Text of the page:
BELCHERTOWN — Two outgoing school committee members who supported a COVID-19 vaccine requirement for students participating in sports and extracurricular activities last fall face a recall election on Monday.
Both Michael Knapp and Diane Brown will be on the recall ballot, while two challengers, Kristen Lech and Stephan Corbin, seek to replace Knapp. Brown faces no announced opposition.
Polls are open from 8 a.m. to 8 p.m. at the Belchertown High School gymnasium.
The successful recall petitions that sparked the election stem from concern from some residents after the committee passed a policy requiring that all students 16 and older involved in sports teams or other extracurricular activities should receive fully cleared and FDA-approved COVID-19. vaccine. This has since been amended with a weekly test option for these students.
Brown, whose term ends May 16, and Knapp, whose term runs until May 15, 2023, both chose not to step down, but instead to confront voters. For Brown or Knapp to be removed from the committee, voters would have to approve the recall and then give a plurality of votes to someone else.
Knapp said that in his nine years on the panel, his goal was to make schools work for every child, stressing the importance of education for social mobility. But in the age of COVID-19, new challenges have arisen.
“We listened to families and residents, but also health and education experts, to serve everyone’s best interests,” Knapp said.
He understands there has been a push back on the sports and extracurricular activities policy, but observes that at a meeting last October criticism came from some who argue that COVID-19 is less deadly than the flu. seasonal.
“This is truly an unprecedented health crisis, and the goal in all of this is to keep schools open,” Knapp said. “You can’t do that if the kids are sick.”
Along with keeping children and staff safe, Knapp also traces controversy over his tenure as being a strong advocate for fairness, observing there was a backlash when the committee passed an anti-racism resolution. in 2020. He compares this to the outcry over critical race theory in other parts of the country.
At the January 11 committee meeting, Knapp became the first member of the city’s school committee to receive the All-State School Committee award from the Massachusetts Association of School Committees.
In a candidate statement recorded for Belchertown Community Television, Knapp is candid. “The recall is a political stunt and an attempt to subvert the will of the voters of this city.”
Corbin, who has coached youth sports teams and volunteered on nonprofit boards and city committees, got into the race because the recall showed the school committee was not interested in dialogue with parents.
“I think it’s become apparent that a few members of the school board are pushing ahead with decisions based on their own interests and not listening to their constituents,” Corbin said.
The committee’s vaccine mandate, he said, has led to growing dissatisfaction with the committee for its attitude toward those with differing views.
“Residents are tired of being belittled and chastised for not thinking like other people,” Corbin said in a candidate statement to Community TV, adding that it’s time to change expectations about the voices that are not heard or are looked down upon.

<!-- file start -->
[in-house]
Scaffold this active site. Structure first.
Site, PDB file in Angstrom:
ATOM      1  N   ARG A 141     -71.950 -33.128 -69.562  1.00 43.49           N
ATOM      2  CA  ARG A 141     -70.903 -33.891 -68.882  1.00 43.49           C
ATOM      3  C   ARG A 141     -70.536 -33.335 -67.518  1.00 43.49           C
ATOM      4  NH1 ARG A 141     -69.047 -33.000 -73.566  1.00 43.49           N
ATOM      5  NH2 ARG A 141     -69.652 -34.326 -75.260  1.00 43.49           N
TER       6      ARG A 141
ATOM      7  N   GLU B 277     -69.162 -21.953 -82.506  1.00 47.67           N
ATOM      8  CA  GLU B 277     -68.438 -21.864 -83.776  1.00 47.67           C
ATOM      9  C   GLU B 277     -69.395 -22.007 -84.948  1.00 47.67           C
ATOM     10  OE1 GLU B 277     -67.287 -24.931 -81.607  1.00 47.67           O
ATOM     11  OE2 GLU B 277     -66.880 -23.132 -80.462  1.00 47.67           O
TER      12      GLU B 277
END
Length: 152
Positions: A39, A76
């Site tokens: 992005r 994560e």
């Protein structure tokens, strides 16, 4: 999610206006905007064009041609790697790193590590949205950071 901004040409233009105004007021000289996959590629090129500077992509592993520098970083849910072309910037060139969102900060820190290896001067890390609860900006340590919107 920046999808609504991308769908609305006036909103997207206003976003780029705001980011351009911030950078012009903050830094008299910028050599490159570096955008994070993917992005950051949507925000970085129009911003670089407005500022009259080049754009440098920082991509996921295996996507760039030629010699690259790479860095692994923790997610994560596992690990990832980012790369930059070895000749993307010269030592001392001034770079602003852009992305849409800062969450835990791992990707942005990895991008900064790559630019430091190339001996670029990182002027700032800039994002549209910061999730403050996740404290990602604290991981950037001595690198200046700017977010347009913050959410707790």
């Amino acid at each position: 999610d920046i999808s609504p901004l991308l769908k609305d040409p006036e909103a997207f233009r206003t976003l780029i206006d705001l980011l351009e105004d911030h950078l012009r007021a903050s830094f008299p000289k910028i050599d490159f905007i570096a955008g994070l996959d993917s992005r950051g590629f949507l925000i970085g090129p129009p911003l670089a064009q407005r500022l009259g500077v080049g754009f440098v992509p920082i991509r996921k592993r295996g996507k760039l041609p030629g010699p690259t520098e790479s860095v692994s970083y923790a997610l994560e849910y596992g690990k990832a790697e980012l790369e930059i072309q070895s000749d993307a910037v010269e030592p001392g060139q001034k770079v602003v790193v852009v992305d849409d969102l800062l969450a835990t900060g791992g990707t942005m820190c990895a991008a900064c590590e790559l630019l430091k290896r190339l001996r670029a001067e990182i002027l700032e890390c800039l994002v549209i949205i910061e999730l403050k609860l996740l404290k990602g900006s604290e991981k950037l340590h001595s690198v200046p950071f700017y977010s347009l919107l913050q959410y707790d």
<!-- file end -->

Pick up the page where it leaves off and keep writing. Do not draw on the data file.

Corbin said most important to his service will be openness and transparency, that the committee should not just adhere to the letter of the law, but get real input on all topics.
Additionally, Corbin said he wanted to focus on the nearly $1 million feasibility study for a new college and prepare the school board for discussions about a post-COVID education system. He said there should also be a serious discussion about lifting mask requirements for students, as young children wearing masks may face learning disabilities and shortcomings.
Lech said she has long considered running for school committee, deciding to take the plunge now for several reasons, including that she can work with families and teachers to create and maintain the best possible educational experience in Belchertown.
Lech also wants to ensure that educators have the resources and support they need to be highly effective for all student populations, and she hopes to give back to the community.
“If elected, my goals would include working collaboratively with other members to identify and develop equitable plans to meet the needs of the district,” Lech said.
While not specifically addressing the recall, Lech assures residents that she intends to work cooperatively with all members of the community.
“I will not let my opinions get in the way of my decision-making responsibilities, but rather will make decisions based on solid data and facts, as well as actively listening to all stakeholders in a respectful manner,” Lech said.
Lech has worked in the field of education for over 15 years, including as a special education teacher and special education administrator at the elementary and middle school levels. She is the Director of Graduate Programs in Special Education and English as a Second Language (ESL) at Bay Path University.
“Residents should vote for me in the next election because change is good,” Lech said. “I would bring a new and fresh perspective to the committee.”
Brown did not immediately respond to a request for comment, though a group supporting her and Knapp launched a KidsYesRecallNo.org website that includes her candidate statements.
Scott Merzbach can be contacted at firstname.lastname@example.org.